A recent McKinsey study predicts that firms have until 2023 before 80 percent of pre-pandemic corporate travel resumes. The question remains whether companies will use this precious time to pursue cost-saving solutions or will simply choose to “wait and see” while their competitors save on corporate airfare costs. Savvy companies will recognize the need to optimize and take this opportunity to do so.

McKinsey’s Insights Into Corporate Travel and the Pandemic

The McKinsey data reminds readers that in 2020, the total expenses for global business travel reduced by 52 percent and spending on managed corporate travel dropped by 71 percent. McKinsey has long predicted that it will take a long time to return to normal and now predicts that only by 2023 will 80 percent of corporate travel return.

Changes Due to Vaccinations

Based on current vaccination rates and expert insight, McKinsey predicts that parts of the United States and United Kingdom will reach herd immunity by Q3. The agency further predicts that by Q4, parts of the EU will reach herd immunity as well. When countries reach that herd immunity, corporate travel will increase, as businesses and their employees will feel safer.

Not All Companies Will Return to Corporate Travel

The study also pointed out key differences in the long-term changes to corporate travel within specific companies. Thirty percent of surveyed executives didn’t know anything about specific corporate travel plans following the pandemic. On top of that, 28 percent said their companies only have vague plans.

McKinsey divides companies that used corporate travel into four main categories:

  • Companies that never stopped traveling (about 15 percent of corporate travel expenses during 2019)
  • Companies that will never return to corporate travel (about 20 percent of corporate travel expenses during 2019)
  • Companies with travel that will mostly be due to fear of missing out and competition (about 60 percent of corporate travel expenses in 2019)
  • Companies who plan to wait and see (about 5 percent of corporate travel expenses in 2019)

To determine the categories, the analysts looked at the sector, whether trips are domestic or international, and the purpose of the travel. For instance, companies requiring in-person interactions had a stronger purpose of travel.

McKinsey’s Suggestions for Companies Who Use Corporate Travel

Based on its research, McKinsey offered advice for companies that plan on continuing or returning to corporate travel.

Utilize Real-Time Data

The first crucial factor mentioned is to make use of real-time data. Companies need access to real-time data to make informed decisions about ticket availability and costs. This is especially important due to the current volatility of flight schedules. Services like FairFly that aggregate data in real-time offer a solution for companies.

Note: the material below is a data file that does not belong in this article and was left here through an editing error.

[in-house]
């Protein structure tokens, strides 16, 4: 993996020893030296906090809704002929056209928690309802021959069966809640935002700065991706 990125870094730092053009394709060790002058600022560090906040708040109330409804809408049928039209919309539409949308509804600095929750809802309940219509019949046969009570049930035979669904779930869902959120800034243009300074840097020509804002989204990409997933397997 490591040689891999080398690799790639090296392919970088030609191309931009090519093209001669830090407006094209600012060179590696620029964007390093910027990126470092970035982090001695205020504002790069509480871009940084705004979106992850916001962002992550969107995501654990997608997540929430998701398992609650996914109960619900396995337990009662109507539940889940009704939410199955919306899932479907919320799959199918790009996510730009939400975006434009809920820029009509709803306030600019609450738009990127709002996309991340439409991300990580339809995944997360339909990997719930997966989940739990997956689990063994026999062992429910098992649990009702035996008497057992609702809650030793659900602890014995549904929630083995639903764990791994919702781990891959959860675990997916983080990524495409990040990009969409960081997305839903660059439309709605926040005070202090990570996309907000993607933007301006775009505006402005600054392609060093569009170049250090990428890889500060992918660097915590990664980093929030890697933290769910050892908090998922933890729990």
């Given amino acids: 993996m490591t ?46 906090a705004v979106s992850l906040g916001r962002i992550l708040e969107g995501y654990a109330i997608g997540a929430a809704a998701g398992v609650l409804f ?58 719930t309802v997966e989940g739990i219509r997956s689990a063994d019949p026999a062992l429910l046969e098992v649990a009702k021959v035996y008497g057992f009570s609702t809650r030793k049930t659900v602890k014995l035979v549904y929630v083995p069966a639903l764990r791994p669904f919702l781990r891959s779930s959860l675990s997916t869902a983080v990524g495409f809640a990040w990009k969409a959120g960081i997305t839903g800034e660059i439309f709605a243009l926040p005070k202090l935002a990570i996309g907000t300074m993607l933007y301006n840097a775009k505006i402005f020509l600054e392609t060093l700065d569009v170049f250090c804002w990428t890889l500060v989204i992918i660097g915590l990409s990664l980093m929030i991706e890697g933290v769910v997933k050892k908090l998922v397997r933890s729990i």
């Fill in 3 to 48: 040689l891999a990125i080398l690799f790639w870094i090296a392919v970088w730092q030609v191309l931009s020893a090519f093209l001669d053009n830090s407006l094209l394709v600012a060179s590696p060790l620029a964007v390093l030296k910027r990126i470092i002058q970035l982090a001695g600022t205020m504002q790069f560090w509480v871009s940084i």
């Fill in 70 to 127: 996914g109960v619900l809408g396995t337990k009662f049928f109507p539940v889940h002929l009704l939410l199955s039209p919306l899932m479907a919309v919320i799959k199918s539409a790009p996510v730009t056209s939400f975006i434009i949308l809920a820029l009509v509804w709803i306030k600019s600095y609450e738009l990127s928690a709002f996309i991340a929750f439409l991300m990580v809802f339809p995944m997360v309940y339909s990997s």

Make Planning Agile

McKinsey also suggests that travel managers create agile plans for corporate travel. This incorporates the previous point, as corporate travelers may need to change plans quickly based on the most recent data.

Prioritize Safety and Comfort

Corporate travels will be more aware of personal health, safety, and comfort during post-pandemic travel than they were before the pandemic. This requires companies to create policies and strategies that keep corporate travelers safe. To some extent, this will require companies to offer business travelers their choice of hotel or airline, with a focus on those that implement stronger safety measures or offer options to reduce contact.


Business travel will be back to normal before you know it – and now is the time to start optimizing your travel program using FairFly – Learn More Here.

How the Results Impact Corporate Travel Programs

When travel program managers look at the data from the study, they should see it as an opportunity. The lower levels of corporate travel are the perfect opportunity for travel managers to find cost-savings deals and strategies before they get back to business as usual. After all, these changes are significantly easier to implement at a smaller scale in the first instance. Additionally, travel managers are more likely to have the time to implement these changes now than when travel returns to normal.

More importantly, savvy companies have recognized this as an opportunity to get ahead and get a good deal. This means that companies that do not take advantage of the situation will reach 2023 and realize they have fallen behind their competitors instead of forging the path forward.